It’s so ‘not that great’ that I went out and bought a 32GB iPod Touch just so I could enter the world of apps. At the same time Verizon announced its offering of Android phones in the near future. I got a little giddy at the thought of having the Touch for Apple apps and then the Android phone for all things Google because I suspect that the offering will be on par if not better than Apple’s.
Well, along comes Gartner and makes me feel like some kind of prophet (in a pretty insignificant way but a way nonetheless)! According to Computerworld
While the Google-backed Android mobile operating system currently runs on less than 2% of all smartphones, Gartner Inc. predicts it will surge to 14% of the global smartphone market in 2012 — ahead of the iPhone, as well as Windows Mobile and BlackBerry smartphones.
In that year, Gartner forecasts Android will actually rank second globally, behind the Symbian OS, which is used in Nokia devices that are highly popular in Europe and many countries outside the U.S. Symbian now runs on about half of all smartphones, but will fall to 39% in 2012, Gartner says.
As I surmised prior to this report, since Google is behind the Android there is a serious likelihood that it is going to be integrated near seamlessly into a lot things I already do with Google. Trouble is that just as I typed that last sentence I got the chills. I felt like I was being assimilated into the Goog. It wasn’t even as if I gave it a second thought. I just went along with the fact that I, like millions of others, are somewhat owned by the collective computing conscience that is Google. Well, I’m over it.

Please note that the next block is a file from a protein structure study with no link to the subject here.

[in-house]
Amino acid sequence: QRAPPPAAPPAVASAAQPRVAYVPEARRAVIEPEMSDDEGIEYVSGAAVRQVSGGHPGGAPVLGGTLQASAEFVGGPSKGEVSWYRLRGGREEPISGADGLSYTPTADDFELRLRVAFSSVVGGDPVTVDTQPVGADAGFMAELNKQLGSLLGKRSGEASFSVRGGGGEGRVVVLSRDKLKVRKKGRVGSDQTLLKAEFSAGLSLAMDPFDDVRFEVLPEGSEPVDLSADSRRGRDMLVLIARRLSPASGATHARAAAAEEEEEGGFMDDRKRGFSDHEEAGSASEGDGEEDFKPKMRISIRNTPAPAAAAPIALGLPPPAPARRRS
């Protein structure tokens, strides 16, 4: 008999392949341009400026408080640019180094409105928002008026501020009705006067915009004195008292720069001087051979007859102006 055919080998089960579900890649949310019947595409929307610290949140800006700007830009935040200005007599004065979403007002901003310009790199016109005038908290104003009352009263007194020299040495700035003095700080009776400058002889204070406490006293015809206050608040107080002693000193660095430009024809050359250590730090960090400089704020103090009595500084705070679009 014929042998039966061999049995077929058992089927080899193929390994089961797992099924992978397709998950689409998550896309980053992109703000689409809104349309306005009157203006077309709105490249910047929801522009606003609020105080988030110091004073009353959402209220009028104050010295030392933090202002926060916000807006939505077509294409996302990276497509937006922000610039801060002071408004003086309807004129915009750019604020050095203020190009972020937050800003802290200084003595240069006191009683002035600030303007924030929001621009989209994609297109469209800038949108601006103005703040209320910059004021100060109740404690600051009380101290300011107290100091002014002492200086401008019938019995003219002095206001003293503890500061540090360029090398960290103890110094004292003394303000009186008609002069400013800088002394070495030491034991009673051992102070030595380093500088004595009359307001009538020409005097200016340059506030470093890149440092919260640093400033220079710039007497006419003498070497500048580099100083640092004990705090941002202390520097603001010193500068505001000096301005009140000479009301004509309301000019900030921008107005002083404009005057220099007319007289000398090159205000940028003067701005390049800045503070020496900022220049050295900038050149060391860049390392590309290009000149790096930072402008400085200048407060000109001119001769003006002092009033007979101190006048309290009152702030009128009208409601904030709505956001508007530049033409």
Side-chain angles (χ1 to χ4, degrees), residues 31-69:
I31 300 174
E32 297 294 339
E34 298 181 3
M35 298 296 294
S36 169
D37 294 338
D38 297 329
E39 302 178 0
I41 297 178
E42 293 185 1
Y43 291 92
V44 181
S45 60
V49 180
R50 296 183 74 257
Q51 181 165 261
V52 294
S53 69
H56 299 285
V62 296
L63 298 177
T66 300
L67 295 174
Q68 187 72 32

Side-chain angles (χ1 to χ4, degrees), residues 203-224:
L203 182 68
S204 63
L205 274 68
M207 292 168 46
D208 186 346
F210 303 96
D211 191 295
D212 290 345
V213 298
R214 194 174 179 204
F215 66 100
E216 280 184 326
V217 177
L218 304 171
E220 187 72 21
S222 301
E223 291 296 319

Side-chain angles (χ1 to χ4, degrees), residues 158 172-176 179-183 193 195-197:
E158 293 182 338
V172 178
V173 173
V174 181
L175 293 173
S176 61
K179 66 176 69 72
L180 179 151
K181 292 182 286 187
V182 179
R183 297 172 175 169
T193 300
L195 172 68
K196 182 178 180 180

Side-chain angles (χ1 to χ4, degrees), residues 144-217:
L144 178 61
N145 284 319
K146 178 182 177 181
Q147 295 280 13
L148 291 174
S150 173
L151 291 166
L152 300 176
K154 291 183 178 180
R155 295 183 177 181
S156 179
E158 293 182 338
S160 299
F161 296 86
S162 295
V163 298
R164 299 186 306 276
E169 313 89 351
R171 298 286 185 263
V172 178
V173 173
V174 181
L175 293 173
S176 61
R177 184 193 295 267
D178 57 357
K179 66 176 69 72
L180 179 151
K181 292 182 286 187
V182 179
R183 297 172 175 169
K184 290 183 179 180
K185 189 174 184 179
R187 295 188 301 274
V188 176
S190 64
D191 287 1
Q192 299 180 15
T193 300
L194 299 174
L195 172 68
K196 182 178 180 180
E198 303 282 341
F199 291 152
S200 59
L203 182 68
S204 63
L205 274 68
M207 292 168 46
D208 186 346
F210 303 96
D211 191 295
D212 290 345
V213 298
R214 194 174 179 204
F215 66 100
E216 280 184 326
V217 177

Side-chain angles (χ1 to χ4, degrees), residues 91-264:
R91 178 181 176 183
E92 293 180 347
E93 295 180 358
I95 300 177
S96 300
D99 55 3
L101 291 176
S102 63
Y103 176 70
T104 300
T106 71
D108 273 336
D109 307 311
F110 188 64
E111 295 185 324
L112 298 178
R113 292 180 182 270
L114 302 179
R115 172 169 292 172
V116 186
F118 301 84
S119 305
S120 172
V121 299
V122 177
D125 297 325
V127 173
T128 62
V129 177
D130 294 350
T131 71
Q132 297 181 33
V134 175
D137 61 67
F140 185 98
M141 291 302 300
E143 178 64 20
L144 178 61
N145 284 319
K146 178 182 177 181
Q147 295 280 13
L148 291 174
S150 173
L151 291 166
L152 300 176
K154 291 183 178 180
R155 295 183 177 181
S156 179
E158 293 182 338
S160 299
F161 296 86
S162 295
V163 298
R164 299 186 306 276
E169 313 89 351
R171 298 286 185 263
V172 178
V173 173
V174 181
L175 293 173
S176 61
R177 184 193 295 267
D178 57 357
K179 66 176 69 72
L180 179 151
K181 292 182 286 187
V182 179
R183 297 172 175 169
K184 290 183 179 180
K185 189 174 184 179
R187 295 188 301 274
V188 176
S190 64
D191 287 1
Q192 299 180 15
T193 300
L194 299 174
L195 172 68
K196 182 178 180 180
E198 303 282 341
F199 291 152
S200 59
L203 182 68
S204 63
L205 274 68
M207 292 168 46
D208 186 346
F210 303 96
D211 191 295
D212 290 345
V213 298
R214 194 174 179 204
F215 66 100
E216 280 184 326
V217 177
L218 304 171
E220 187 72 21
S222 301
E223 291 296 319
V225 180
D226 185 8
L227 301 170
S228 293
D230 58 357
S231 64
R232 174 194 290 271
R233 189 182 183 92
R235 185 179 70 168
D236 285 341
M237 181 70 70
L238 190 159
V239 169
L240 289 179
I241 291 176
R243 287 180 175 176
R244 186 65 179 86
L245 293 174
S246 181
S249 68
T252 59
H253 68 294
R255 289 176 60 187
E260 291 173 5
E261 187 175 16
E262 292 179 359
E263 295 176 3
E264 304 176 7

Bring it on I say. Competition is good and now some of the iPhone glitterati will have to see if hey really do have the coolest toy on the playground.
The Gartner forecast gives Android such an enormous surge in popularity because of a variety of factors, but chiefly because of Google Inc.’s backing of Android and the range of cloud computing functions and related applications that Google will make available in coming years.
Right now the market is split with the Symbian OS currently has 50% share world wide due to the popularity of Nokia devices in Europe (does anyone in the US still use a Nokia phone?) with Blackberrys and iPhones taking the next spots. What Android phones look to do is provide some of the best features of it’s competitors in a more all inclusive platform
And because Android and Google operate in an “integrative and open environment, [they] could easily top … the singular Apple
The final indicator of the potential game changing influence that Android could have is the prediction that BlackBerry OS’s will drop from number 2 today to 5th as of 2012. If that holds true there are going to be some interesting times ahead for the smart phone world and the folks like us that depend on them.